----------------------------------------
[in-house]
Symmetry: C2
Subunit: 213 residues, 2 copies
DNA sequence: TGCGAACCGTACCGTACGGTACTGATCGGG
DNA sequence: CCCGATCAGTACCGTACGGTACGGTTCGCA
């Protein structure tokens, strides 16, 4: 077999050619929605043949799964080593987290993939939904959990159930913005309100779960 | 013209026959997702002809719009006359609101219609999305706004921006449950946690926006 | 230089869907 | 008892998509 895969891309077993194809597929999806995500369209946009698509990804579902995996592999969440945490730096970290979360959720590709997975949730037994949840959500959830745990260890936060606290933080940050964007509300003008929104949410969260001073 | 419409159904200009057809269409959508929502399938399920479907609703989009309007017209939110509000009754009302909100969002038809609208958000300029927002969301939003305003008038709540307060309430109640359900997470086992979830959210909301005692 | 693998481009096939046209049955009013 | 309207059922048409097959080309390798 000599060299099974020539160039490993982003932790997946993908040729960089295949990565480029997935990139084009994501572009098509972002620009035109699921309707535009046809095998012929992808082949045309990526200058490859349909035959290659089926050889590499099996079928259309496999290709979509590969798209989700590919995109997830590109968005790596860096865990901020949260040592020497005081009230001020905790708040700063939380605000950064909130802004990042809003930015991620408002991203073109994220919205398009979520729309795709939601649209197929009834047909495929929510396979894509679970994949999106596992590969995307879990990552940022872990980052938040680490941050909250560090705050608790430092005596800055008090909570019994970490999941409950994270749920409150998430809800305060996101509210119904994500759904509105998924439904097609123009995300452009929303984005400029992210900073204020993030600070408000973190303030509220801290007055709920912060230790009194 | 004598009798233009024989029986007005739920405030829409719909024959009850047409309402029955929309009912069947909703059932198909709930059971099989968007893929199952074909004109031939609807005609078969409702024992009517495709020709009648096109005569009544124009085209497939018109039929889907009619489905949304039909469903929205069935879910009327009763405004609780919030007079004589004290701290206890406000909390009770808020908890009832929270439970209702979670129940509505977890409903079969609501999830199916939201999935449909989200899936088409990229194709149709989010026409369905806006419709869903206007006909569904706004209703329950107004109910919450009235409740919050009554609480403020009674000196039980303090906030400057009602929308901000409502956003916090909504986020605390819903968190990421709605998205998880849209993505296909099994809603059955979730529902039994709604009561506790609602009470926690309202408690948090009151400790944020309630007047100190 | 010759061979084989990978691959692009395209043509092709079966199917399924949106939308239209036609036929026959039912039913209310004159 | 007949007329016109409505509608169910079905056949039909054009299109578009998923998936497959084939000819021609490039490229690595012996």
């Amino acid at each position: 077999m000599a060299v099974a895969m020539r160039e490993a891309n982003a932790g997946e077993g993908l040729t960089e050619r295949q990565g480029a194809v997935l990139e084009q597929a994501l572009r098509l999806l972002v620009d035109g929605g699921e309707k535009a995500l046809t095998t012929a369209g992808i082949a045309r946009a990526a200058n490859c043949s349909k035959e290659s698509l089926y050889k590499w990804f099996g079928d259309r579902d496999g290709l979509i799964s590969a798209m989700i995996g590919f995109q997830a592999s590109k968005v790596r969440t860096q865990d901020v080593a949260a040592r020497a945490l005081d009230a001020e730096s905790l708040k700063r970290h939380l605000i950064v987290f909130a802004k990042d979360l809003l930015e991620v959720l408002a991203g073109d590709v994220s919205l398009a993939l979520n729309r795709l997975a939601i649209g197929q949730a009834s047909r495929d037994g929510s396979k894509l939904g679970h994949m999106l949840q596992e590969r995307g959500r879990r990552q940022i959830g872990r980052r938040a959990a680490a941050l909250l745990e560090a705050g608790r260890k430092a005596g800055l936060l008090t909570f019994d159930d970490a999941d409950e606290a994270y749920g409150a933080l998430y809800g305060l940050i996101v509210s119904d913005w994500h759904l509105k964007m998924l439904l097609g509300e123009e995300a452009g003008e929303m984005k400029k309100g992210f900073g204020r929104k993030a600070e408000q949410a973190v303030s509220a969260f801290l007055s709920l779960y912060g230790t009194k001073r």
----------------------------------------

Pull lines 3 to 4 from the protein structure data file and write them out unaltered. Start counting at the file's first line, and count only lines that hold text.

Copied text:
Subunit: 213 residues, 2 copies
DNA sequence: TGCGAACCGTACCGTACGGTACTGATCGGG